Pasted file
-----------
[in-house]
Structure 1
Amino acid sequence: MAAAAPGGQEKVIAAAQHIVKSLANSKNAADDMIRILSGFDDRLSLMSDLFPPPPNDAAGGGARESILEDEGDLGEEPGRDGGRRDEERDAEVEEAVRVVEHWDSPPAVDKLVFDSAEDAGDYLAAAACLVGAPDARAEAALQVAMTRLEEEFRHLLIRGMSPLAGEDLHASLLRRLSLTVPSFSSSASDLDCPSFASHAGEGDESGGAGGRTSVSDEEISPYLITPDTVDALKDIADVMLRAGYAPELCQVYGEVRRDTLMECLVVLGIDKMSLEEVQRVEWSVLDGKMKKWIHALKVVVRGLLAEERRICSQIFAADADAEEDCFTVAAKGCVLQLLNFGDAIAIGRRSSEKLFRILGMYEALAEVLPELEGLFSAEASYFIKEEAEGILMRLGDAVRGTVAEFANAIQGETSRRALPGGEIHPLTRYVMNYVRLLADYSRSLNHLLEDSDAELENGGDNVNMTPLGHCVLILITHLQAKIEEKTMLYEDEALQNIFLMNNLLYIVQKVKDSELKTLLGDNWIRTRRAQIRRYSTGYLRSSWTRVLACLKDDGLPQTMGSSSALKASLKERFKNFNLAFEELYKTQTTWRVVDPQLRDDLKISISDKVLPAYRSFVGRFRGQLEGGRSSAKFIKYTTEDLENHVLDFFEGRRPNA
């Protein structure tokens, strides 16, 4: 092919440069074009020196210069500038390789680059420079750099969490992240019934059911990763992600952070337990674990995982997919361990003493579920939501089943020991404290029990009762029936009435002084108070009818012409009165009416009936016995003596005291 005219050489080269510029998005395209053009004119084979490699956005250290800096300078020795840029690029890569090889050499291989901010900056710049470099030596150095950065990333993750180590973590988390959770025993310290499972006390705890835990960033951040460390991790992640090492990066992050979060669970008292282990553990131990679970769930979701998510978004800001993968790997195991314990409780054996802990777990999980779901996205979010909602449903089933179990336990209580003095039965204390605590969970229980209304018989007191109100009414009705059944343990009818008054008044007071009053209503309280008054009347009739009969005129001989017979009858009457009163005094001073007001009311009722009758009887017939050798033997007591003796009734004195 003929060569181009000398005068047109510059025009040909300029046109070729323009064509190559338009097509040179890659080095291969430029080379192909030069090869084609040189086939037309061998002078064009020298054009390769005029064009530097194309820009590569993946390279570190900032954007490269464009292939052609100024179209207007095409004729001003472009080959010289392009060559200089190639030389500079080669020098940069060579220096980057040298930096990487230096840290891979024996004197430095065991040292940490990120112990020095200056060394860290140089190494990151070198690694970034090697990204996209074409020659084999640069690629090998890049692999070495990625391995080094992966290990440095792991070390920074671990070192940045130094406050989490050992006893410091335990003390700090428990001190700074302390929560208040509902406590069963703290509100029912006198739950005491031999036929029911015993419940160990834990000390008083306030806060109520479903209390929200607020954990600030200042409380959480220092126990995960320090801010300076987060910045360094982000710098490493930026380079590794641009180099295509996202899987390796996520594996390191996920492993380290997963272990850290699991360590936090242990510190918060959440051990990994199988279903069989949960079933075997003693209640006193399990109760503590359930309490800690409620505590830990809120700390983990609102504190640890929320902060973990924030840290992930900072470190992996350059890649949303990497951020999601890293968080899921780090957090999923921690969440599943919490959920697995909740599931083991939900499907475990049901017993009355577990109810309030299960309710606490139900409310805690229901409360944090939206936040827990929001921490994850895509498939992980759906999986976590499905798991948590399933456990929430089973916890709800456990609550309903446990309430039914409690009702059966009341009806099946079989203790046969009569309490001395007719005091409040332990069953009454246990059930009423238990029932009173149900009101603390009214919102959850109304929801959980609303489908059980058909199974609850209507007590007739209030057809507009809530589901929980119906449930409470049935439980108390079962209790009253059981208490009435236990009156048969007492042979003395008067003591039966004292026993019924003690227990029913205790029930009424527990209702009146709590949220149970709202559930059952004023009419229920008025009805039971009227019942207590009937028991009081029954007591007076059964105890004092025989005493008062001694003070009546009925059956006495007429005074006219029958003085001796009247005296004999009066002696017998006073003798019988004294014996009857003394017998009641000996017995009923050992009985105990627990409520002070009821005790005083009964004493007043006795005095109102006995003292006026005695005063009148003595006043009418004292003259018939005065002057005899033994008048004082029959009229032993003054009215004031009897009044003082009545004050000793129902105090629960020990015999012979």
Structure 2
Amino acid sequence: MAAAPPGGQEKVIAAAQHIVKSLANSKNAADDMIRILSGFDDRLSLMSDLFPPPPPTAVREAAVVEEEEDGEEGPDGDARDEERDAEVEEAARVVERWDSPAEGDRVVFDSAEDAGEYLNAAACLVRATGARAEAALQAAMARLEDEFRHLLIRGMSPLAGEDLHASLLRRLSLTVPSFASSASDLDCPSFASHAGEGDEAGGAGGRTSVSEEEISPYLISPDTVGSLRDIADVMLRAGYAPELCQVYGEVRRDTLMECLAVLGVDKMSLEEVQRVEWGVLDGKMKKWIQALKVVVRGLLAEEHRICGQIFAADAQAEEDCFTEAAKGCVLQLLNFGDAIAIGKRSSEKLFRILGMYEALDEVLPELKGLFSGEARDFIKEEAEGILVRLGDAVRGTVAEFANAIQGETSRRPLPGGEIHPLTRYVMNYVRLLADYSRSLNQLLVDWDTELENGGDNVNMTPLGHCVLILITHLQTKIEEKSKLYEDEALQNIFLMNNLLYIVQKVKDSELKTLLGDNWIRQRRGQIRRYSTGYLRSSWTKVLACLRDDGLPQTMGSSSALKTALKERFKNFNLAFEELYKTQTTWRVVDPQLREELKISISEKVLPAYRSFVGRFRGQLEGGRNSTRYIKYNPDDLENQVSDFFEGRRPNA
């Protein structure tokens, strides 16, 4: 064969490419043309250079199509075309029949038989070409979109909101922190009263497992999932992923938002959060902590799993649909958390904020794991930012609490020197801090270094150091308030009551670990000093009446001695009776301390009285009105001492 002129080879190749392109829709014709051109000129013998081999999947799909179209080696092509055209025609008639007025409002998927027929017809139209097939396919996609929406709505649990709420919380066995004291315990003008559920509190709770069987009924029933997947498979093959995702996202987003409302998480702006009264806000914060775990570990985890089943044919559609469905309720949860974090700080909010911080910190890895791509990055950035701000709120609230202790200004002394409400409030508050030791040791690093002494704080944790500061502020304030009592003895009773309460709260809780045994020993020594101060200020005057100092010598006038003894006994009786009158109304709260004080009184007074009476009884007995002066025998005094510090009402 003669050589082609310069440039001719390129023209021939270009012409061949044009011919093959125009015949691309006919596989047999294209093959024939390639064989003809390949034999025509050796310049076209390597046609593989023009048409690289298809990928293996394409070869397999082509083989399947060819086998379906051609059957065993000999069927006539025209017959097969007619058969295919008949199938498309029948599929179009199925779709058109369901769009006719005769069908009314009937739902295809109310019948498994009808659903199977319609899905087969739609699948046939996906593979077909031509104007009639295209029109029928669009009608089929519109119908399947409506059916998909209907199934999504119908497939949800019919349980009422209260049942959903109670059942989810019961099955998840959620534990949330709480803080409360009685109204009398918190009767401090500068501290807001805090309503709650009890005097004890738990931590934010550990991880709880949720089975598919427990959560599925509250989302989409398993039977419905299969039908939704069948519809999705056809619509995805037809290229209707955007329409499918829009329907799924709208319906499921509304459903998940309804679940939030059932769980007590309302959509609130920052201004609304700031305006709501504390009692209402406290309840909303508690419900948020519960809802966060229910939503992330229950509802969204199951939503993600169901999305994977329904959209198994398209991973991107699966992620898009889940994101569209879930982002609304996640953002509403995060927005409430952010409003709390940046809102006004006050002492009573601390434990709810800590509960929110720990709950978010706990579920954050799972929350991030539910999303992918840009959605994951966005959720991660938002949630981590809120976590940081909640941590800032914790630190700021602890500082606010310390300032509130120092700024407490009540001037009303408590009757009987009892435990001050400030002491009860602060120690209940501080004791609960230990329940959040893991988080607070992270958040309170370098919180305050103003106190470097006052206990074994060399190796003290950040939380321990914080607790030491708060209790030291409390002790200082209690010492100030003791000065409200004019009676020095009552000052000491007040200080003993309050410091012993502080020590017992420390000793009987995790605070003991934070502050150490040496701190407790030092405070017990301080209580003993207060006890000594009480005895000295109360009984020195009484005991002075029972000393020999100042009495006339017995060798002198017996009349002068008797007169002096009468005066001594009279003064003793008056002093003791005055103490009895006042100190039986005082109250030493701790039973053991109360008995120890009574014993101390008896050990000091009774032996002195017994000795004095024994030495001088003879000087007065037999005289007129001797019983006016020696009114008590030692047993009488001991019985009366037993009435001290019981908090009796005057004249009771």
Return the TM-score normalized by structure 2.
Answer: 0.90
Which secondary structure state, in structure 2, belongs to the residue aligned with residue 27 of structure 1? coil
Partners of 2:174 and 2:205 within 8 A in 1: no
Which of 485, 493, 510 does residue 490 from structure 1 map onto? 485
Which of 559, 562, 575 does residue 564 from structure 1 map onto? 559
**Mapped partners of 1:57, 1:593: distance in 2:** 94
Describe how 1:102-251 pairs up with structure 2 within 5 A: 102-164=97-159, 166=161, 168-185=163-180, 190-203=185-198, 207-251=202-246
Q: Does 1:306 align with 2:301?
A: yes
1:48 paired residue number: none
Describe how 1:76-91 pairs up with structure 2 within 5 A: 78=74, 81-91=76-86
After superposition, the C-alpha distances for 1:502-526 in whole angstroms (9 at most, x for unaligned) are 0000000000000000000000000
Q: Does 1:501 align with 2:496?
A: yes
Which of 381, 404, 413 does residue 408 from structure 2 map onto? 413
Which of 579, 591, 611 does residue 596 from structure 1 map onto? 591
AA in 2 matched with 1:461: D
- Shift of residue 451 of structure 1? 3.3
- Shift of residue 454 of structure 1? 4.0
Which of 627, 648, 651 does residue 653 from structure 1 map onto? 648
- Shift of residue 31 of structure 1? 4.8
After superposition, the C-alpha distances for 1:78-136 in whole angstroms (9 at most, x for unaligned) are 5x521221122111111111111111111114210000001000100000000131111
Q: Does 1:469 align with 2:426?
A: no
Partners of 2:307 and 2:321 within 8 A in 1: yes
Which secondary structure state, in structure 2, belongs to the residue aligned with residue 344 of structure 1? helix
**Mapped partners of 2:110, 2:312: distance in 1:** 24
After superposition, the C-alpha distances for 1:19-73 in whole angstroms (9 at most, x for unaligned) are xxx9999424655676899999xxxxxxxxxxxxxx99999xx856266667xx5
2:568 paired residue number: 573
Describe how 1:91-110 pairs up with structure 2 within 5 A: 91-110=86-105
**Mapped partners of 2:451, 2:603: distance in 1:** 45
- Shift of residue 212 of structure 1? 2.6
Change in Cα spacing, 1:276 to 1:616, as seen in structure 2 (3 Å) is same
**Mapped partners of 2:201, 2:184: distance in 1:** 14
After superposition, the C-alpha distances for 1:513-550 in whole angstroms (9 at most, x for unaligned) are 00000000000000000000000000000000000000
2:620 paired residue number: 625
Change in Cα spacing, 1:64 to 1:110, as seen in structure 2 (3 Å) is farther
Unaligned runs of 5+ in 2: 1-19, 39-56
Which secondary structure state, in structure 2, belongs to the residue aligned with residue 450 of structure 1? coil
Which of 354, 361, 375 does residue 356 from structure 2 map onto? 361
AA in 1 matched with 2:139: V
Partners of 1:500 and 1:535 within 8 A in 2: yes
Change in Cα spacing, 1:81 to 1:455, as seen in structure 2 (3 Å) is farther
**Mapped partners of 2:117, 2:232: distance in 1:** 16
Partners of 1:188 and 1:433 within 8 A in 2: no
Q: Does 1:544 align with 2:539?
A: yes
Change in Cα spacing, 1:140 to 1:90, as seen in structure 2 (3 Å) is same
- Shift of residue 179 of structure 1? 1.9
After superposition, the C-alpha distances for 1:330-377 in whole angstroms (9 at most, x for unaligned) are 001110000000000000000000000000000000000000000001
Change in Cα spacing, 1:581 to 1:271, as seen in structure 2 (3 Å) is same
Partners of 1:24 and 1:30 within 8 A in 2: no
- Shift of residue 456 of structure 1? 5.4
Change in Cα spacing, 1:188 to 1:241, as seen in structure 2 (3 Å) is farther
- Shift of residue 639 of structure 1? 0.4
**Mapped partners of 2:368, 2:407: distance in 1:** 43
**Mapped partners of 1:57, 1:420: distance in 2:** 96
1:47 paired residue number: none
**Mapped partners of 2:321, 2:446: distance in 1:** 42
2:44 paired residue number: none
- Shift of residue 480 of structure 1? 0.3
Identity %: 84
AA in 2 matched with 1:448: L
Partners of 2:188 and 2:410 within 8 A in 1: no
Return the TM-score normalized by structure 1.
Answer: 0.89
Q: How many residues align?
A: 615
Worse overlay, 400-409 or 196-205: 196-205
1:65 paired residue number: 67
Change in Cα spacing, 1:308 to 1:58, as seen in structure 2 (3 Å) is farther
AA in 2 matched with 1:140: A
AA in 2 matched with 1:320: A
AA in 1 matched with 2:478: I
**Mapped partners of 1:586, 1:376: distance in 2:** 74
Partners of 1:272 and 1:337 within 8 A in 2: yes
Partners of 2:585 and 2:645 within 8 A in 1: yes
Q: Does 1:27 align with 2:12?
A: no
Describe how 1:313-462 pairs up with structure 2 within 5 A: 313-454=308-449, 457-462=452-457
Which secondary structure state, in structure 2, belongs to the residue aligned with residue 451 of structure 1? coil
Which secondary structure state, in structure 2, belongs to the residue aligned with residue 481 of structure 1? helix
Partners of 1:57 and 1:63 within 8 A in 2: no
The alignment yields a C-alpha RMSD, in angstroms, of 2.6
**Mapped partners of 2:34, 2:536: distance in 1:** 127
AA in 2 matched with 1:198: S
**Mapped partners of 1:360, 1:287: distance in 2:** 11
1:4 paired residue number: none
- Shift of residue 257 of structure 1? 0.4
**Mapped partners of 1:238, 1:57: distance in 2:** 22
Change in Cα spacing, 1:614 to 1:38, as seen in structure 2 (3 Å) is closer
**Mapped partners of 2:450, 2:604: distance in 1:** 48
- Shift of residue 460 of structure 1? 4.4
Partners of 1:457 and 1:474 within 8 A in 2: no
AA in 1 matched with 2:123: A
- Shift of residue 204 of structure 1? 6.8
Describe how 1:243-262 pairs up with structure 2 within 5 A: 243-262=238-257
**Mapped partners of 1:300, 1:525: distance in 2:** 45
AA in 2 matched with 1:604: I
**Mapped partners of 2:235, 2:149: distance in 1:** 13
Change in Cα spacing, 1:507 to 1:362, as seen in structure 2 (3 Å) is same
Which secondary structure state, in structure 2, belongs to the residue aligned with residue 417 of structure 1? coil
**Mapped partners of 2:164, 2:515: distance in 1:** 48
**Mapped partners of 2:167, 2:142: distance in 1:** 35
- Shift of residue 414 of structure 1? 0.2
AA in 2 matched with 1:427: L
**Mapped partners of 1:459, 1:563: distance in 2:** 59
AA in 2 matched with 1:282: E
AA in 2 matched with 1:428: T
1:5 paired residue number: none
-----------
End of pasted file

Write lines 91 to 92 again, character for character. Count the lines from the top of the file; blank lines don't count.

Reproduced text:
Partners of 1:57 and 1:63 within 8 A in 2: no
The alignment yields a C-alpha RMSD, in angstroms, of 2.6